Things I Wish I Knew Before Traveling to Korea

*The information provided is solely based on my personal experience in Korea.

To any female traveling to Korea…

  1. Because you are a foreigner it’s ok to dress as you would in America, but most Korean women do not show any skin on their upper body. Short skirts, shorts, and dresses are accepted, but showing any chest, shoulder, or back is not.
  1. There are many differences about shopping in Korean stores compared to shopping in the states. One tip is that sizes run about a size smaller than the U.S. This goes for Korean and American stores. I found this out the hard way and was very disappointed when I was in the dressing room L Also, trying clothes on is not allowed in almost every Korean store. The norm is to hold something up to your body, decide if you think it will fit or not, and then either buy it or put it back on the rack. Some stores make exceptions if the item has a zipper, but this isn’t always the case.
  1. Do you like going out and having a good time? Even though I believe this is a more traditional custom I noticed that a lot of my female students turn away from the group when taking a shot of alcohol. I’m not sure why this is, but I picked up on it about two weeks into the program.
  1. This goes for men and women, but when using restrooms in Korea do not flush your toilet paper! I know this is a little gross to talk about, but it’s something I wish someone told me prior to going. There will always be a small wastebasket inside the stall to dispose your toilet paper.


General tips and facts about Korea

  1. Transportation is extremely cheap! For example, a one hour bus ride to Seoul is about 2,000 won, a 10 minute taxi ride is about 5,000 won (splitting it makes it even cheaper), the subway is about 1,500 won, and a 4 hour bus ride from Dankook to Busan is 25000-30000 won.

2. The subways in Korea are spotless compared to the subways in the states. There are also doors        blocking all travels from the area the subway will arrive at. One of my students told me this was created  after a man fell in front of an oncoming subway and ended up dying. It definitely makes traveling a lot safer, especially for young children.

  1. If you are Caucasian expect people to stare at you, especially the older generation. Because I am Korean almost everyone assumed I grew up in Korea and would try to talk to me. It was very obvious that people were more interested in the Caucasian students than the Asian students studying abroad, however once they found out we (the Asian students) were American they were just as interested in getting to know us as my Caucasian co-teachers.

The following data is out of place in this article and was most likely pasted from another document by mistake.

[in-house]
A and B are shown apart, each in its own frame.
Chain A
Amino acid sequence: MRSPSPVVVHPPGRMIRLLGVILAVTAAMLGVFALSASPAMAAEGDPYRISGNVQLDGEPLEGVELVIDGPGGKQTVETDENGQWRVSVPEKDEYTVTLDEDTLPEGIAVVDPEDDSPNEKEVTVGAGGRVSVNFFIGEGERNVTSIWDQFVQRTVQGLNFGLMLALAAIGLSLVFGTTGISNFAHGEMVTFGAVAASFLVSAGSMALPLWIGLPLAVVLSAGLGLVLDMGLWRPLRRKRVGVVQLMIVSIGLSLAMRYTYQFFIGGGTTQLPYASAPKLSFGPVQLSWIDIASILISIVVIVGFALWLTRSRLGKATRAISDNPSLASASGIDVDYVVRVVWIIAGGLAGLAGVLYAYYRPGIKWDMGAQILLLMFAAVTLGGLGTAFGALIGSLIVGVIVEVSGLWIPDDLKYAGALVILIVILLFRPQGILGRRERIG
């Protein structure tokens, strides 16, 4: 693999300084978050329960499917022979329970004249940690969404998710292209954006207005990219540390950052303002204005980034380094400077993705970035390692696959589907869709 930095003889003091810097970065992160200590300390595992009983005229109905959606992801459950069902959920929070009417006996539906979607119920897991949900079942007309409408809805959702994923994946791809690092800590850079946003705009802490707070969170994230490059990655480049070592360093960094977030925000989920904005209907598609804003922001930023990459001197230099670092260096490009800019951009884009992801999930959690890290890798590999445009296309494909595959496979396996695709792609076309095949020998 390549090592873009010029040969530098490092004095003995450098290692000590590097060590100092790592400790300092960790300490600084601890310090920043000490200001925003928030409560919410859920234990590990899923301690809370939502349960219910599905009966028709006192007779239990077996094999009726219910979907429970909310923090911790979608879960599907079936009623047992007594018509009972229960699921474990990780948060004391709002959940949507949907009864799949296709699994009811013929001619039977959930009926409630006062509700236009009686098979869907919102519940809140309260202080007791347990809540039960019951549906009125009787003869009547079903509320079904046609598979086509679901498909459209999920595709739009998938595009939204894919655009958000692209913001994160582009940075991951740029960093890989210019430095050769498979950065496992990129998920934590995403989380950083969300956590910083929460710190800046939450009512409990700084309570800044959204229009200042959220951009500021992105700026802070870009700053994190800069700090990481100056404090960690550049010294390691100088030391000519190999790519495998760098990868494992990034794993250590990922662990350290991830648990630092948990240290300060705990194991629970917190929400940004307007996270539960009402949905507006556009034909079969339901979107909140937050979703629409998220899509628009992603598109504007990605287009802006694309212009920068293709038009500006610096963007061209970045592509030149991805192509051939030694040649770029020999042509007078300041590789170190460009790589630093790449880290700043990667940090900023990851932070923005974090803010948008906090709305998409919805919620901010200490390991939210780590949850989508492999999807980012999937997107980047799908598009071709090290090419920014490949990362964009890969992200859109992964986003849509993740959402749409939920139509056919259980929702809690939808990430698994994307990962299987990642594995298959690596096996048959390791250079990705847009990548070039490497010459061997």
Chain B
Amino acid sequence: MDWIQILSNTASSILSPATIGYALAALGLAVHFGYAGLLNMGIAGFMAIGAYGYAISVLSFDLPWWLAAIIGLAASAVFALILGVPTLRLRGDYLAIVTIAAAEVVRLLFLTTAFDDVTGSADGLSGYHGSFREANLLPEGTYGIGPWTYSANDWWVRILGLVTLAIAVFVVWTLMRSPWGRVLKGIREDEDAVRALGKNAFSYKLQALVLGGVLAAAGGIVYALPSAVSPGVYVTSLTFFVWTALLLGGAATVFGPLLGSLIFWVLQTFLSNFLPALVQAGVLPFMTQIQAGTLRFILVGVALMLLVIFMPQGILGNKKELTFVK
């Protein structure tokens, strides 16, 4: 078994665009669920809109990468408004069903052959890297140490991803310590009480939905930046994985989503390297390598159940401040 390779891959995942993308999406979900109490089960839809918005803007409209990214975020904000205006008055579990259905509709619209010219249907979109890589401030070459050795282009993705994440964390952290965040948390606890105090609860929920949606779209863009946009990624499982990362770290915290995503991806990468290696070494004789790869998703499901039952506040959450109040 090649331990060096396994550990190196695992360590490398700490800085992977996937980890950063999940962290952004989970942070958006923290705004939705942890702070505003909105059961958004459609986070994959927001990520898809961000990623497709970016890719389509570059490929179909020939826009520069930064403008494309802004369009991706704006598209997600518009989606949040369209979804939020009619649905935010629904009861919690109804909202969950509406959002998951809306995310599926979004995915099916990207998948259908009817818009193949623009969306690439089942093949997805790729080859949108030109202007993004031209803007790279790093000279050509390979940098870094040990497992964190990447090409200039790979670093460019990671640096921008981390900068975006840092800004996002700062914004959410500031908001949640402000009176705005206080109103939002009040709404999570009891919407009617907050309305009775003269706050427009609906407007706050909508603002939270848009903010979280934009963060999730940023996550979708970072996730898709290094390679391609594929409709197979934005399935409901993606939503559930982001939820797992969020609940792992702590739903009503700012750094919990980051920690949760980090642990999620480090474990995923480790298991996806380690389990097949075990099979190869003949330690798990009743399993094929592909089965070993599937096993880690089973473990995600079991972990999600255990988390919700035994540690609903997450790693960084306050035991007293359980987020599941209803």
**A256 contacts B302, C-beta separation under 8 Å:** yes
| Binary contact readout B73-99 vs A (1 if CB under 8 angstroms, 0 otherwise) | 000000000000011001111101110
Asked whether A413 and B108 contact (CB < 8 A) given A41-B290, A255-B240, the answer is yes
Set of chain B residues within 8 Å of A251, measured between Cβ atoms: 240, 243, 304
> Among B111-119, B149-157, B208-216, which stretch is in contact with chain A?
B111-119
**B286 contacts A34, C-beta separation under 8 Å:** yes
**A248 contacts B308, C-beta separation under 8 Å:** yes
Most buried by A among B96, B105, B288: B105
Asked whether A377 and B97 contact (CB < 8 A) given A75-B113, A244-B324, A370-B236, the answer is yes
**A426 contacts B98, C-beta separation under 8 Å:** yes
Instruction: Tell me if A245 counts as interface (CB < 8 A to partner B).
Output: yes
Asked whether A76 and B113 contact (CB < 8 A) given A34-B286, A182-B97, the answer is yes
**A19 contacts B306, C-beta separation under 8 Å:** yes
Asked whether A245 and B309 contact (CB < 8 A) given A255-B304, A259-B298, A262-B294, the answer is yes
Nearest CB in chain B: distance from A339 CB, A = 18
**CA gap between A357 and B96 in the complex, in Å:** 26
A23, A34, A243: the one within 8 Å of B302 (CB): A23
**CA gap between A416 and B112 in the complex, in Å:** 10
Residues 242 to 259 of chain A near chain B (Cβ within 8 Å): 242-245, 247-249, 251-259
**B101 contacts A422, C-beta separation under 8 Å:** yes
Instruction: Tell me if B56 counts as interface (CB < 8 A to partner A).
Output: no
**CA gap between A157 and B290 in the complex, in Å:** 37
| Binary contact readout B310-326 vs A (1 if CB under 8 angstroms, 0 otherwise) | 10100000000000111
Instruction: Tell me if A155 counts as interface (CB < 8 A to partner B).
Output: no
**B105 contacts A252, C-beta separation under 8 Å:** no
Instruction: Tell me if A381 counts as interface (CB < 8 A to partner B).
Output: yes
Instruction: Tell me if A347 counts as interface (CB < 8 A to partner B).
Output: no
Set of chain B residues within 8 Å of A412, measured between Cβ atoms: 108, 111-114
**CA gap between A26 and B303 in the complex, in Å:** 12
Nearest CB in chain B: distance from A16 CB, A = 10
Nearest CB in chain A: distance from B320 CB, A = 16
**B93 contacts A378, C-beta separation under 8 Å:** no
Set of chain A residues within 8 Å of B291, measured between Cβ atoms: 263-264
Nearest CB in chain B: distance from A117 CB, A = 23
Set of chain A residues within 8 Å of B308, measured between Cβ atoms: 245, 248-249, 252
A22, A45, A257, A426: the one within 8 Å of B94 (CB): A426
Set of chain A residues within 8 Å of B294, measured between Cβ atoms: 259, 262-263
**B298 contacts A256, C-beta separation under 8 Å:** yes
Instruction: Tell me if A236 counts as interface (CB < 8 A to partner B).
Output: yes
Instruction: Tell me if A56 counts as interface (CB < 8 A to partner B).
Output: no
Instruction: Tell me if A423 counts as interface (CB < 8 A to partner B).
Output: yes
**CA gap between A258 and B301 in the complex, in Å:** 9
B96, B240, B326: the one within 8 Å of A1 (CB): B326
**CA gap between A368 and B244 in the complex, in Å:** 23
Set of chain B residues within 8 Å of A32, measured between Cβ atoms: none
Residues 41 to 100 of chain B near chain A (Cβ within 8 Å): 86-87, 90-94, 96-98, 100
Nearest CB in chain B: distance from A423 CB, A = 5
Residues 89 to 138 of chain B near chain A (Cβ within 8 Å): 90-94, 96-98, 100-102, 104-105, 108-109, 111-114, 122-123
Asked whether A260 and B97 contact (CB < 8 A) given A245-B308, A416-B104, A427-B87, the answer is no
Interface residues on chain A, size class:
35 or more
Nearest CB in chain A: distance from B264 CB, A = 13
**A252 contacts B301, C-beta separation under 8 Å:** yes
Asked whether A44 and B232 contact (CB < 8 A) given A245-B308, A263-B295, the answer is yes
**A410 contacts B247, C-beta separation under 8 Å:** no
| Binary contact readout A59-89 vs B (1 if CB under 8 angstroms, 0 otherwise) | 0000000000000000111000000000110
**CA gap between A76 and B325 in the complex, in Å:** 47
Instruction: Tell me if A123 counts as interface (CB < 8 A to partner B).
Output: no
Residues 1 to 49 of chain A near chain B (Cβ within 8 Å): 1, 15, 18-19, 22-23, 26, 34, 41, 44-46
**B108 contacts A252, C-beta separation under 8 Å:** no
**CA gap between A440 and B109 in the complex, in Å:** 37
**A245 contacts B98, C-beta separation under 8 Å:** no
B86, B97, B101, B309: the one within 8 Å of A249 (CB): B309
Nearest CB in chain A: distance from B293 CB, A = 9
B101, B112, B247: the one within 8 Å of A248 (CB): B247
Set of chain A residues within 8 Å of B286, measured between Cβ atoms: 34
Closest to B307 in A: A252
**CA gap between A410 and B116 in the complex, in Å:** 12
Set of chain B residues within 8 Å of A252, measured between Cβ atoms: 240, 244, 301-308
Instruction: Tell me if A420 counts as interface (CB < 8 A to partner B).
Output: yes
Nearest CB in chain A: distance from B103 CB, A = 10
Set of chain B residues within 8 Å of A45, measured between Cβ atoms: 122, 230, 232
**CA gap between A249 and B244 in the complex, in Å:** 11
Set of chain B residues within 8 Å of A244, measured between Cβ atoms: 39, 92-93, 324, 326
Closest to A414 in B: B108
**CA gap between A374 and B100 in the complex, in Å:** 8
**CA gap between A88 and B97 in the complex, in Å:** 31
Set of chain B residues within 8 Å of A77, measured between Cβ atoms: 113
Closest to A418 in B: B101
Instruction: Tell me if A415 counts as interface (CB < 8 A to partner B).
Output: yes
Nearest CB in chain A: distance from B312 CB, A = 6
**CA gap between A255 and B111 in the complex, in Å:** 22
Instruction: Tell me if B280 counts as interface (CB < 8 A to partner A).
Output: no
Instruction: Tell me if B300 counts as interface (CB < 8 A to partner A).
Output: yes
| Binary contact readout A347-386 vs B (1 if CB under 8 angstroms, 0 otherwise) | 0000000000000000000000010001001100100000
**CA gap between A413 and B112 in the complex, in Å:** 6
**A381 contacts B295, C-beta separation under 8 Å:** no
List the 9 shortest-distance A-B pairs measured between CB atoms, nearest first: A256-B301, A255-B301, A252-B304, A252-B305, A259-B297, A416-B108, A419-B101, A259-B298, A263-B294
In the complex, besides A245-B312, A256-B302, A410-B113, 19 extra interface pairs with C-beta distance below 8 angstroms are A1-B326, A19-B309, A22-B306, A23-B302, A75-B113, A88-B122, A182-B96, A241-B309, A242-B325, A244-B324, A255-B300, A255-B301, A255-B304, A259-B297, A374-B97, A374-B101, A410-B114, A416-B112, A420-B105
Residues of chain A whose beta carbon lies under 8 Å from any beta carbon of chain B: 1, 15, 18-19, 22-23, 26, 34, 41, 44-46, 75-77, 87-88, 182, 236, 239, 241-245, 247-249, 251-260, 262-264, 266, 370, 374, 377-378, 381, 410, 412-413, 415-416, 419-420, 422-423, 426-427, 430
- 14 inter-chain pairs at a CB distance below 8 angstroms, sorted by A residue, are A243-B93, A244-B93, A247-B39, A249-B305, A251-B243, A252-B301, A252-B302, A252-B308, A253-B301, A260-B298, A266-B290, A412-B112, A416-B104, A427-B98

1. People are extremely nice in Korea! The level of respect everyone has is so much greater than in America. Yes, if you’re walking on a crowded street people will bump into you without saying “excuse me” or “I’m sorry”, but other than that everyone is very accepting and welcoming. Also, there are many rules when it comes to respect. For example, when eating dinner the youngest person at the table is expected to serve the silverware and pour the drinks (I believe the order of serving is oldest to youngest). I also noticed that men usually do the cooking (at most restaurants you cook your food at your table). There are also certain names you call one another depending on age. For example, if a boy is younger than a girl he will call her “Noona” and if a girl is younger than a boy she will call him “Oppa”.

Hi! My name is Andrea and I am currently a junior at SUNY New Paltz. My major is Early Childhood and Childhood Education with a concentration in English. I have always had an interest in traveling so I could not pass up the opportunity to study abroad! I was actually born in Korea, but adopted as a baby so I have never been and don't know too much about the Korean culture. I'm excited to learn as much as I can while having the time of my life!

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